D. User Loader Code Segment

In certain embodiments of the invention, the medium privilege level, and also the medium security level, is the User Loader code segment, as noted in FIG. 3. Typically, the User Loader code is the highest code available to second users of the microcontroller product. For a three segment embodiment, an exemplary User Loader code segment is illustrated in FIG. 4.

In various embodiments of the invention, the user loader code region typically begins on the ULDR page that is defined by the System Code and extends to the page just prior to the starting page of the User Application starting page. The UAPP register defines the top of the User Loader code region and is not writable by User Application code (i.e. only writable by System Code, User Loader, or ROM code).

In certain embodiments, a method for configuring the User Loader boundary is similar to that which was used by the System Code region. On the first ULDR page, the desired value to be programmed into the UAPP register is placed at word address offset 000Fh, just prior to the User Loader password. The User Loader startup code at the beginning of the ULDR page reads the value stored at ULDR*flash page size+000Fh and write to the UAPP register.

In various embodiments of the invention, the read/write accessibility of User Loader code is defined by two register bits in the PRIV privilege register. For example, a User Loader read privilege (“PULR”) bit is set to a particular value to allow reading of the User Loader code region. A User Loader write privilege (“PULW”) bit is set to particular value to allow writing to the User Loader code region. Both of these bits may be automatically cleared to 0 by hardware when the current IP is not in ROM code, System Code, or User Loader code. If read/write attempts are made to the User Loader region without being enabled, memory protection interrupt flags (e.g., PULR read privilege flag and PULW write privilege flag) will be set for read and write attempts respectively. If the MPE bit is set, these interrupt flags will alter the normal program flow to execute a user defined subroutine to handle the exception.

E. Two-Segment Memory Configuration

If the scope of a microcontroller application only requires two privilege levels, then a two-segment memory configuration may be used. The two-segment memory confirguration is illustrated in FIG. 5 according to various embodiments of the invention. For devices with only two memory segments, the User Loader memory region is excluded, thus leaving only the system memory region and the User Application memory region.

In certain embodiments, the flash word at address 000Fh that is normally used to supply the value of the starting page for the User Loader is used instead to supply a value for the starting page of the User Application in order to support the two-segment memory configuration. In order for the Utility ROM to contextually know that the aforementioned flash word is meant to supply information about the UAPP starting page instead of the ULDR starting page, the most significant bit in this word may be set to particular bit value. Thus, if System Code is to exclude the User Loader, the following code may be used and the program memory segmentation map would change accordingly.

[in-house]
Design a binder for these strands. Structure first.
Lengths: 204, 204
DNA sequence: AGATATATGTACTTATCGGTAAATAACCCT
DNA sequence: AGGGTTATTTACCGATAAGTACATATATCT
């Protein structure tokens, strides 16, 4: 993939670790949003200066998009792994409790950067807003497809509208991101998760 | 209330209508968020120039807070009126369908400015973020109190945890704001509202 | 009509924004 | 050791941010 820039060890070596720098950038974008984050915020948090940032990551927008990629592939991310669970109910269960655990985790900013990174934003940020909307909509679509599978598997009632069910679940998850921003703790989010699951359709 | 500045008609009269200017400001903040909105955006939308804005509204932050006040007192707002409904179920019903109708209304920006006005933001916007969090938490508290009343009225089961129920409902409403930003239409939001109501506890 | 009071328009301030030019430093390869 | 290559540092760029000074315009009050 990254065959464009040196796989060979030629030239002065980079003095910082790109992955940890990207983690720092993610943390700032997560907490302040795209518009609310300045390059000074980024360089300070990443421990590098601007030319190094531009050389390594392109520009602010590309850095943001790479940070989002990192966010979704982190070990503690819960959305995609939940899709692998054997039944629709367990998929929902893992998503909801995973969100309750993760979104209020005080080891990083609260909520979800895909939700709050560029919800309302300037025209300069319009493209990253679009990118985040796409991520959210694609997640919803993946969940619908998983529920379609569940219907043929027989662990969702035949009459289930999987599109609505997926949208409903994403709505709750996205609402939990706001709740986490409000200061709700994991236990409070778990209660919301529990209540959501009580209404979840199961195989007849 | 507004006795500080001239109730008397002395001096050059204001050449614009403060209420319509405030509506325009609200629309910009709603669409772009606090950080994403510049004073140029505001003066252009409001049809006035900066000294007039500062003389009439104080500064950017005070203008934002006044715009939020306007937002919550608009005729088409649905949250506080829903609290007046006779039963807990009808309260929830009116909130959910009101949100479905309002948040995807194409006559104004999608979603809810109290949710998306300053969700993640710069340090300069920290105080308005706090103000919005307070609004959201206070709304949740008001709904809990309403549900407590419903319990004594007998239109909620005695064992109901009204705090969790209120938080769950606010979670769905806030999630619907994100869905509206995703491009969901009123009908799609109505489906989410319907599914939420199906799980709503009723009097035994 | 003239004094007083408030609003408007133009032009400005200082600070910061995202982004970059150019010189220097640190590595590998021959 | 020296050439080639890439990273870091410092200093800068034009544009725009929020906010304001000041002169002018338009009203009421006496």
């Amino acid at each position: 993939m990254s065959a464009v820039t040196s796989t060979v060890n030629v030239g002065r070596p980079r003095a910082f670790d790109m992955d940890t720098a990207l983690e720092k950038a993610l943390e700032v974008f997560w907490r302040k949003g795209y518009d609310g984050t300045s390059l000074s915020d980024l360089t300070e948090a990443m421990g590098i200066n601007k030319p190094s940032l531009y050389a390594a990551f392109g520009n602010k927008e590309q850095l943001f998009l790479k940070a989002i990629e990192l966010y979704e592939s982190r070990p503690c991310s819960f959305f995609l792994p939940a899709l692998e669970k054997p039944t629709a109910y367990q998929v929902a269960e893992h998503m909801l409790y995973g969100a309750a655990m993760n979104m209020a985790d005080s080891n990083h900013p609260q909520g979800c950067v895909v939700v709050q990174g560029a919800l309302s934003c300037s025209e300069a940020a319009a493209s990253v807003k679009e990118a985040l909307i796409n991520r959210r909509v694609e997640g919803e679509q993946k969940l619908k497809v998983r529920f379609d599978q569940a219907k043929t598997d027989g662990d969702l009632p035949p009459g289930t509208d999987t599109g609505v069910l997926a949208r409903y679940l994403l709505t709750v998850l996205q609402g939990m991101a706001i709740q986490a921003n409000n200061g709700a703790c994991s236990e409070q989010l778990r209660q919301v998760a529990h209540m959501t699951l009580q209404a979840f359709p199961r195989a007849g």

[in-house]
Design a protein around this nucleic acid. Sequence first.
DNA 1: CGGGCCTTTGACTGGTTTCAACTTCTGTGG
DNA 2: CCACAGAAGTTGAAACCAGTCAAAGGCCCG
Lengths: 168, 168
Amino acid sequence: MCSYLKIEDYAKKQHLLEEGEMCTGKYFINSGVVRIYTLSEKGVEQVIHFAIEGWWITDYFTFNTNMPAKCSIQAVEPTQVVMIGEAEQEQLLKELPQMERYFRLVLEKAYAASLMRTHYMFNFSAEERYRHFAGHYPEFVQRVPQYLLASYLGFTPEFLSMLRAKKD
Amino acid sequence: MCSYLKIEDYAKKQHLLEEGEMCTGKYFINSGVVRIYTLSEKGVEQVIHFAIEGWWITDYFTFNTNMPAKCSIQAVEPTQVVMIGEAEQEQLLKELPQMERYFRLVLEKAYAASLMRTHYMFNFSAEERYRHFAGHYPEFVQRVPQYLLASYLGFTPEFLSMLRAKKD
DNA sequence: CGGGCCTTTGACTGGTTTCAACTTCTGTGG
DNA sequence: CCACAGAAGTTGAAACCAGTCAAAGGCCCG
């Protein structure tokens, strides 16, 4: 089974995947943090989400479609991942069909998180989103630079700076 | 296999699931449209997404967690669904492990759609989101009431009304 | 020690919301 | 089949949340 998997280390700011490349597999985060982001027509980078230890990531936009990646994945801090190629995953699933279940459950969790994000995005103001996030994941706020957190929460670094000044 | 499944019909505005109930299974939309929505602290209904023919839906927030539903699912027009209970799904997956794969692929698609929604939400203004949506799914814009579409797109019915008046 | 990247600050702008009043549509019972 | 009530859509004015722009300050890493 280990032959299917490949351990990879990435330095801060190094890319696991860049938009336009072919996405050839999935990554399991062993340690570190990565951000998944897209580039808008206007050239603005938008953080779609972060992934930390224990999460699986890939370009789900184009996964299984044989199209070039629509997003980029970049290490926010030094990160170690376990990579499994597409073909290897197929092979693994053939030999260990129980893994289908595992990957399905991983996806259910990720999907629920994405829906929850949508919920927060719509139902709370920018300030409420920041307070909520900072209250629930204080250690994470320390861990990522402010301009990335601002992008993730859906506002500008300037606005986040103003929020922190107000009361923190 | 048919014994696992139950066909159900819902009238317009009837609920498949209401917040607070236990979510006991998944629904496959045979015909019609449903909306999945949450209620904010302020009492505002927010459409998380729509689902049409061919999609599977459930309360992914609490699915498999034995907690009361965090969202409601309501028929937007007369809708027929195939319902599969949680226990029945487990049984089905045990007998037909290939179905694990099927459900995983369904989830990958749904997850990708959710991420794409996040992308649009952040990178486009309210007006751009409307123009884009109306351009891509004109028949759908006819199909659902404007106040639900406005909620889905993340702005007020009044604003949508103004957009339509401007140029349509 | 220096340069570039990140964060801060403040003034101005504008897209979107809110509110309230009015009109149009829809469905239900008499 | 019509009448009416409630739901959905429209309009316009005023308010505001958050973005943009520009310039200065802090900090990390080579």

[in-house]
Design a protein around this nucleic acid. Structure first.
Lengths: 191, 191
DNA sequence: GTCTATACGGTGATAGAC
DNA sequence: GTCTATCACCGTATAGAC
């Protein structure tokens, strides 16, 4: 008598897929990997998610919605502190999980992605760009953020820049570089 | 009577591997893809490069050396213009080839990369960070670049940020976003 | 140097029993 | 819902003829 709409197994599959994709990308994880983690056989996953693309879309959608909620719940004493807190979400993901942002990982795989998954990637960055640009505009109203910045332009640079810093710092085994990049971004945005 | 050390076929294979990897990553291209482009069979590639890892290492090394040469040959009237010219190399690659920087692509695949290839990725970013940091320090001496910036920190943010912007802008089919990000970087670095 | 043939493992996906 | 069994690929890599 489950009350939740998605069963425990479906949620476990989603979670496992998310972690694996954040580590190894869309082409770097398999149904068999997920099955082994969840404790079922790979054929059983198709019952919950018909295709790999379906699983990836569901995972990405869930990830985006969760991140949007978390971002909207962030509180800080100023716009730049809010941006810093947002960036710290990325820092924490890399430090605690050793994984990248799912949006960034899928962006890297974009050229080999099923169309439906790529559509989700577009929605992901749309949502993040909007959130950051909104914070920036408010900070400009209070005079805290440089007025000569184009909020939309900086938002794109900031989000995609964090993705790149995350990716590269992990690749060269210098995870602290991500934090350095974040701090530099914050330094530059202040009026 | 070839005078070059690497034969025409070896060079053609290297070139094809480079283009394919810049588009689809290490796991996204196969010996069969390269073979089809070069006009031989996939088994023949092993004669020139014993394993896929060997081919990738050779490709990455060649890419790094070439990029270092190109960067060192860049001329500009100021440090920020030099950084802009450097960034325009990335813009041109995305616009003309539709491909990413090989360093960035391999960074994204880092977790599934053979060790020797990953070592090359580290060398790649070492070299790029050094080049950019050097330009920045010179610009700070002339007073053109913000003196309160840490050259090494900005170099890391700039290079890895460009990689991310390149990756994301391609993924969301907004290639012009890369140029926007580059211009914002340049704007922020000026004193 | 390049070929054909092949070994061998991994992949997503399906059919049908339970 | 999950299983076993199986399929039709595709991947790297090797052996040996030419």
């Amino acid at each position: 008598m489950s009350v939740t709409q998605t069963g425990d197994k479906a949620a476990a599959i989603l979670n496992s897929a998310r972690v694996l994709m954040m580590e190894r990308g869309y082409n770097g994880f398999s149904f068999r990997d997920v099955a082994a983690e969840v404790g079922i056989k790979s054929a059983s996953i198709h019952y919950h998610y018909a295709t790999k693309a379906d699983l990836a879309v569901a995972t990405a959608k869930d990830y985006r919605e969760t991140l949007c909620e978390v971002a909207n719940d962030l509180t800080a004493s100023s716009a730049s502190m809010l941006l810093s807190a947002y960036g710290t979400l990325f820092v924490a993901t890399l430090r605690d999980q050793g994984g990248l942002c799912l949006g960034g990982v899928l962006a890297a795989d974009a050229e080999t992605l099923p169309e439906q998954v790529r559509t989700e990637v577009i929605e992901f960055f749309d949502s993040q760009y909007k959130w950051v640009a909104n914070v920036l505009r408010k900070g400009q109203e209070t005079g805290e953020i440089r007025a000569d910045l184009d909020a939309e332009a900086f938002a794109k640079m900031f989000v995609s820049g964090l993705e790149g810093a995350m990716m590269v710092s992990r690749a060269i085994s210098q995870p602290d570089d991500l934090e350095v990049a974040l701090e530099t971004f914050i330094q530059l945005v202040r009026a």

org 0000h   ; Reset   move CP, #usr_app_page   move UAPP, @CP   move ULDR, UAPP ; set ULDR=UAPP   jump sys_init org 000Fh user_app_page:   ; Starting page address of user application (no user loader)   dw 8020h ; Page 32, msbit=1 org 0010h   ; System password

F. User Application Code Segment

In certain embodiments of the invention, the lowest privilege level, and also the lowest security level, is the User Application code segment, as noted in FIG. 3. Typically, the User Application code is the only code available to third users, or an end user for upgrades or library downloads. For a three segment or two segment embodiment, exemplary User Application code is illustrated in FIGS. 4 and 5, respectively.

In certain embodiments of the invention, the User Application code region begins on the UAPP page and extends through the last page of the flash program memory (given that a UAPP code region is defined). The privilege for code execution in the User Application region cannot be greater than “LOW”, corresponding to the lowest privilege level, as noted in FIG. 3. Accordingly, there are not any read/write privilege enables or memory protection interrupt flags.

G. Privilege Registers

In certain embodiments of the invention, the privilege registers comprise PRIV, PRIVT0, and PRIVT1, and are noted on FIGS. 1 and 2. FIG. 6 provides a table giving the privilege registers values for three privilege levels, corresponding to a three-segment memory configuration according to various embodiments of the invention. This table applies the privilege registers PRIV, PRIVT0, and PRIVT1. There are two ways to change the privilege level. The PRIV register can be directly read/written under access control. Another way to update the PRIV register value is via the atomic operation, a back-to-back write to PRIVT0 and PRIVT1 registers. That is, a Write PRIVT0 operation is immediately followed by a Write PRIVT1 operation. The last method is recommended in case someone modifies the stack pointer to circumvent access control. Hardware guarantees that the contents of PRIV register are never higher than the maximum privilege level of the memory area the code is running from. For example, if User Loader or User Application code attempts to set PRIV to HIGH, then hardware would prevent this action from occurring. However, any code can decide to lower the privilege level at any time. In certain embodiments of the invention, the privilege for current code execution will be the lesser of: